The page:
Sir Arthur Conan Doyle wrote the novel this is based off, because not everything can be about weaponizing an academic’s neurodiversity, and it’s fitting that the person who invented the Lost World genre got his story into the first monster movie. Not only does it help explain the complexity and depth of the characters, in the text if not in the movie, but also how this ended up being a key part of pop culture itself. This begot King Kong, which begot Godzilla, which begot every sci-fi technician for from 1955 to 1970, which bigot visual effect you’ve seen since. And, obviously, Jurassic World Dominion. On balance, I think we have to give him a pass for that…
Tag Archives: stop motion
Santa’s Slay (2005)
Once again the nights are drawing in, the country is a death trap because it snowed for one day of snow, and Trash or Treasure is doing its annual Christmas Onslaught of seasonally themed exploitation movies. The first present out of the chimney is a 2005 “what if Santa was a psycho?” comedic effort from director and writer David Steiman, which stars Goldberg from back when he had just quit the WWE. It’s also got a sleigh drawn by a pissed-off buffalo, which has the cutest little nose.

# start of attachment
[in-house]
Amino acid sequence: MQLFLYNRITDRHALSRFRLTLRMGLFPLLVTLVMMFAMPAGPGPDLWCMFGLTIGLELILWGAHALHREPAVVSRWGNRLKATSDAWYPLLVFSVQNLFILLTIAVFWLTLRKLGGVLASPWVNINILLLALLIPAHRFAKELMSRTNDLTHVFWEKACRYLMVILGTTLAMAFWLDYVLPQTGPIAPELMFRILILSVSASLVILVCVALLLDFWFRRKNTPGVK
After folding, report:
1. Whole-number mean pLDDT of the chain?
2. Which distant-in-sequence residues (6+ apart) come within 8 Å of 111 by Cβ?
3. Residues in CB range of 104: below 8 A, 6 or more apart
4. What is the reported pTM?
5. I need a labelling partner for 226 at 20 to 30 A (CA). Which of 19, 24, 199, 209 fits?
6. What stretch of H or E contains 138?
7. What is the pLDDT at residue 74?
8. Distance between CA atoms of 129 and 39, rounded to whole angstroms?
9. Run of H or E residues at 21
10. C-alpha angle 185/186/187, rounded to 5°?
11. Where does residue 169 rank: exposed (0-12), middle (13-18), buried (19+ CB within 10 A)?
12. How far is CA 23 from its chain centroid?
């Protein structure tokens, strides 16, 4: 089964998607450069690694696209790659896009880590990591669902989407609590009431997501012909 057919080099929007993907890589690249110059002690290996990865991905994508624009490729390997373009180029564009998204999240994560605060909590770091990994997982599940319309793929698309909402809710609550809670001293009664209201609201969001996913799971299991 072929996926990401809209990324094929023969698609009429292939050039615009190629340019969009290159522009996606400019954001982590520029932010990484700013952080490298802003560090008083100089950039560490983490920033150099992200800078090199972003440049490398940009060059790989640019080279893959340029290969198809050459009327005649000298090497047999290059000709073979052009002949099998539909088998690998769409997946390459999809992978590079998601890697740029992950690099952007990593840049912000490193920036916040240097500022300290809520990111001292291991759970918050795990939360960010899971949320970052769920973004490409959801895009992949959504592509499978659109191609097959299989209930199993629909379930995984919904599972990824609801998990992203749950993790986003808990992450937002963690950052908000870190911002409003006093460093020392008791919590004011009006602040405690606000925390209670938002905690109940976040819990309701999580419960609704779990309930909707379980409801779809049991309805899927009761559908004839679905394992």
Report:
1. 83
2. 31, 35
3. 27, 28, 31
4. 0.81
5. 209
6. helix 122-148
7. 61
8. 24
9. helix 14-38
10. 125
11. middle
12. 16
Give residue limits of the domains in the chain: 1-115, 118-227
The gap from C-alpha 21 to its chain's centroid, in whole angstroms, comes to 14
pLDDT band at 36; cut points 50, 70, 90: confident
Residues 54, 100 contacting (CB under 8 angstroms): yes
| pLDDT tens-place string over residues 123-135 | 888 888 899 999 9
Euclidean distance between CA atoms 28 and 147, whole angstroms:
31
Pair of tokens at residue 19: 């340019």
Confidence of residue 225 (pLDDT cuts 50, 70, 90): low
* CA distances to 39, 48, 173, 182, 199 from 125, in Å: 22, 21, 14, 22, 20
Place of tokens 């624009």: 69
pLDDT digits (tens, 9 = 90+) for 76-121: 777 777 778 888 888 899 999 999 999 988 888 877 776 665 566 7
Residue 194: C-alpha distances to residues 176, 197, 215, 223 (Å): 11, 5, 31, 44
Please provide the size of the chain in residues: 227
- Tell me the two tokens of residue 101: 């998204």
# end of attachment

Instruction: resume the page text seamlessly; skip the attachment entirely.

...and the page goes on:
Monster Island (2004)
Jack Perez is hardly a household name and MTV Studios is hardly a benchmark in quality entertainment, so to find out that they got together and made a Straight-To-TV ironic-comedy monster movie in the mid-2Ks is to fill your heart with low expectations. That the trailer is heavily focused on cameos by Carmen Electra and Adam West, and stars some generic, moody-heartthrob bloke you’ve never heard of is to possibly fill you with more inertia. But at Trash or Treasure we make a giant-bee line for that kind of thing, and this film reminds us why. Continue reading
It seems such a simple concept; meld cold war tensions with a bit of post-apocalyptic dystopia and a whole load of massive robot combat. It has everything a 1990 audience could want: sinister and cynical futurism, the chance for a bit of “USA! USA!” optimism, and the timeless wonder of hundred-foot steel homunculi beating the tar out of each other. Yet somehow what should have been Stuart Gordon’s directorial mainstream breakthrough, after writing Honey, I Shrunk The Kids, became a by-line in his filmography. But was it as bad as the critics made out? Well, two out of three decent acts ain’t bad!!